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Pozzuolo di Lerici, Italy

Pezzutto P.,CNR Marine Science Institute
Coastal Engineering | Year: 2016

Second-order Stokes-like solution of the wavemaker problem involves the participation of first order evanescent modes to the generation of spurious free harmonics. The unwanted free potential, and the paddle signal needed to suppress it, must be evaluated through series summation which, up to now, have been considered non-convergent for certain wavemaker configurations. This paper presents a demonstration of the convergence of these series summation for the historically discarded configurations. Following previous works, the free harmonics second order transfer function can obtained in two different ways. This operation reveals that the two alternative solutions match only if the lateral boundary condition is properly described. In particular, the domain restriction of non-continuous paddle shapes must be represented through left-continuous step functions. Conversely, if the support is limited only adjusting the integration limits, or the unit step function is non-zero at the origin, one of the two methods leads to an incomplete formulation. © 2016 Source


Cozzi S.,CNR Marine Science Institute | Giani M.,National Institute of Oceanography and Applied Geophysics - OGS
Continental Shelf Research | Year: 2011

Runoff and nutrient transport by rivers were analysed in the Northern Adriatic continental shelf, in order to evaluate their interannual and multidecal variability, as well as their current contribution to determine freshwater and nutrient budgets in this marine region. During the years 2004-2007, the runoff in the basin (34.1-64.6km3yr-1) was highly imbalanced, being 84% of freshwater discharged along the western coast, because of the contributions of Po, Adige and Brenta rivers. In the northern and eastern sections of the coast, freshwater discharge by rivers was less important (10 and 6%, respectively), but not negligible in determining the oceanographic properties at sub-regional scales. The oscillations of the transport of biogenic elements (124-262×103tNyr-1 for TN, 72-136×103tNyr-1 for DIN, 4.5-11.1×103tPyr-1 for TP, 2.2-3.5×103tPyr-1 for PO4 and 104-196×103tSiyr-1 for SiO2) were strictly dependant to the differences in the annual runoff. A strong excess of N load in comparison to P load characterised all rivers, both in inorganic nutrient (DIN/PO4=37-418) and total (TN/TP=48-208) pools, particularly in the northern and eastern areas of the basin.The annual runoff showed significant oscillations for Po on multidecadal time scale, whereas a general decrease (-33%) was observed for the other N Adriatic rivers as the recent discharges were compared to those before the 1980s. During the dry years 2005-2007, a strong reduction of river water flows and nutrient loads was experienced by the N Adriatic ecosystem with respect to years characterised by medium-high regimes. An increased frequency of similar drought periods, due to ongoing climate changes or to a larger human usage of continental waters, would be easily able to significantly change the biogeochemistry of this basin. © 2011 Elsevier Ltd. Source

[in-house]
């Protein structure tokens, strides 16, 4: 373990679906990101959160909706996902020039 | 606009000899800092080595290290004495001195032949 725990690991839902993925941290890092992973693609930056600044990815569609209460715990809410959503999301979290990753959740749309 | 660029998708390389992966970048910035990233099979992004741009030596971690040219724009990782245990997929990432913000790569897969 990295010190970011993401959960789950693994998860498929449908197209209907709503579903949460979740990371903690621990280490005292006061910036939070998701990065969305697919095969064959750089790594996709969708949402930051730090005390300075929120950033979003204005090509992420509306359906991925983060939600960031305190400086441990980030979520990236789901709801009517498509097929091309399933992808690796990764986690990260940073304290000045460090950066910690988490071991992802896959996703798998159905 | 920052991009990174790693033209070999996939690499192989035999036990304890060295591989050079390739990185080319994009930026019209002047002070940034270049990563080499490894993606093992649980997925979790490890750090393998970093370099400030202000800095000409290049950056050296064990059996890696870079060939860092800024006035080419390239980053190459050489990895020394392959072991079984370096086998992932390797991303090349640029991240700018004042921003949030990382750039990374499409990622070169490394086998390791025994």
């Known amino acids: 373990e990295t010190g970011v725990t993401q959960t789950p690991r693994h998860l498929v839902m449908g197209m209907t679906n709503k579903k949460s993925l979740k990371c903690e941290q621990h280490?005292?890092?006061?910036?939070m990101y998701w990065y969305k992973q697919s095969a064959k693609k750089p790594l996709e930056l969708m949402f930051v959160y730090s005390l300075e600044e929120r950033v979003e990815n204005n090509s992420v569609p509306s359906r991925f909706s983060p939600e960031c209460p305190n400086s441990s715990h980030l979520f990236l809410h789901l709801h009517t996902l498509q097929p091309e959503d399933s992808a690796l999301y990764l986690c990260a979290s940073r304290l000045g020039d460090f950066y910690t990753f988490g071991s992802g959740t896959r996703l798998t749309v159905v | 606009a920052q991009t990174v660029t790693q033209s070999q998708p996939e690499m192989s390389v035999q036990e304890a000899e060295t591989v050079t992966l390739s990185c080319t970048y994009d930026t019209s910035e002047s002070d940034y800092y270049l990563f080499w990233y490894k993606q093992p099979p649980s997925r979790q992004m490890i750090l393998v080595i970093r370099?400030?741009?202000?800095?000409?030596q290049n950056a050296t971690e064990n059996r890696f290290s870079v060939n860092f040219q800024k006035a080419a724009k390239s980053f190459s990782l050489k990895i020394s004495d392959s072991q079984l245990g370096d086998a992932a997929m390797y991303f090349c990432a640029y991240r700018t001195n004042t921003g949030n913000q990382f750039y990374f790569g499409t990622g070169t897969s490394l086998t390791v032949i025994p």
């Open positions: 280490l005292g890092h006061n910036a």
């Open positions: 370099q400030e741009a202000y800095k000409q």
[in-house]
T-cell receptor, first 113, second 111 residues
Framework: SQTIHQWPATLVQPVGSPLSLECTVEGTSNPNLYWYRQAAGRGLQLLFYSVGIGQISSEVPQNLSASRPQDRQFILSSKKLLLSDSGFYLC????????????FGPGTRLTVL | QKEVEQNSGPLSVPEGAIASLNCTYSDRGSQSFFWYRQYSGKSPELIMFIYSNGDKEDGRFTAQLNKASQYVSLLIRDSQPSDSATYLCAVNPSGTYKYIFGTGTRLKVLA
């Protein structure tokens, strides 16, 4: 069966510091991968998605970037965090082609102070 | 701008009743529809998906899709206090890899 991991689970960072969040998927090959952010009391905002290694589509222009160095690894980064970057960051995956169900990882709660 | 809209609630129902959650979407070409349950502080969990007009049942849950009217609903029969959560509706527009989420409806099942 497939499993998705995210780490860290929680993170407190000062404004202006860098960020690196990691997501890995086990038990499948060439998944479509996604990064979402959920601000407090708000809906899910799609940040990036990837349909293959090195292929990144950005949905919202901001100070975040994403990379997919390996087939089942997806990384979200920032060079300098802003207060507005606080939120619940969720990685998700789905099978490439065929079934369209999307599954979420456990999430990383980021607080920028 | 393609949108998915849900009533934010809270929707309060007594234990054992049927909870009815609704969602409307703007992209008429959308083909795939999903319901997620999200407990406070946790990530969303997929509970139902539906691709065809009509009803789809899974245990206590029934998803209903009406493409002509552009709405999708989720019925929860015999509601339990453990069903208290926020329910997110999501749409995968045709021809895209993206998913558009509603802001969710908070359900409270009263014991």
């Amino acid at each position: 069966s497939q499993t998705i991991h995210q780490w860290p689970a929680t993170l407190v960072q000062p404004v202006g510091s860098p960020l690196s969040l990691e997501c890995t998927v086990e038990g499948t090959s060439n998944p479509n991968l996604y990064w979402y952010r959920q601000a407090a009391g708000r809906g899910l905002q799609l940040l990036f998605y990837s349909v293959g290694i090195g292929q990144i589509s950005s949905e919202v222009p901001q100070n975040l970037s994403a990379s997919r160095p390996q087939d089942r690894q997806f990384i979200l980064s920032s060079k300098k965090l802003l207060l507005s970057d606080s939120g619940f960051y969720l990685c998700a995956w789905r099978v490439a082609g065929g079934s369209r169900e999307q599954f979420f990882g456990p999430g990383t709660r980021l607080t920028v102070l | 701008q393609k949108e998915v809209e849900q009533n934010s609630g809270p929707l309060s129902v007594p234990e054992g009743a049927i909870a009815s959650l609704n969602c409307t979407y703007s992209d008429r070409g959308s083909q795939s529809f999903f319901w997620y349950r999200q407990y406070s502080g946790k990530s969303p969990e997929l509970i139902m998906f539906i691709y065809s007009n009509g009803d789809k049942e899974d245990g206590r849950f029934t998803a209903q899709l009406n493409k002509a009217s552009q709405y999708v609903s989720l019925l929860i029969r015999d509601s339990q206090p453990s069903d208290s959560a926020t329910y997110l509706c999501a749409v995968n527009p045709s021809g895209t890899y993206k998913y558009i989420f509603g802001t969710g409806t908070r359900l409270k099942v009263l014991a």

Taviani M.,CNR Marine Science Institute
Lecture Notes in Earth Sciences | Year: 2011

This paper is focused upon the Miocene-to-Recent deep-sea chemosynthetic ecosystems of the Mediterranean basin with emphasis on their metazoan associates. The life ingredients of this story are basically the "microbes" and the "metazoans", in particular molluscs, whose mutual interplay resulted in a superb variety of situations in response to geologic and oceanographic factors directing the production and availability of geofluids usable by microbial consortia. The astounding complexity and diversity of modern metazoan-bearing deep-sea ecosystems inhabiting the Mediterranean is a step of a long journey whose beginning dates back to more than 3 billion years ago and whose major events are resumed below. © 2011 Springer Berlin Heidelberg. Source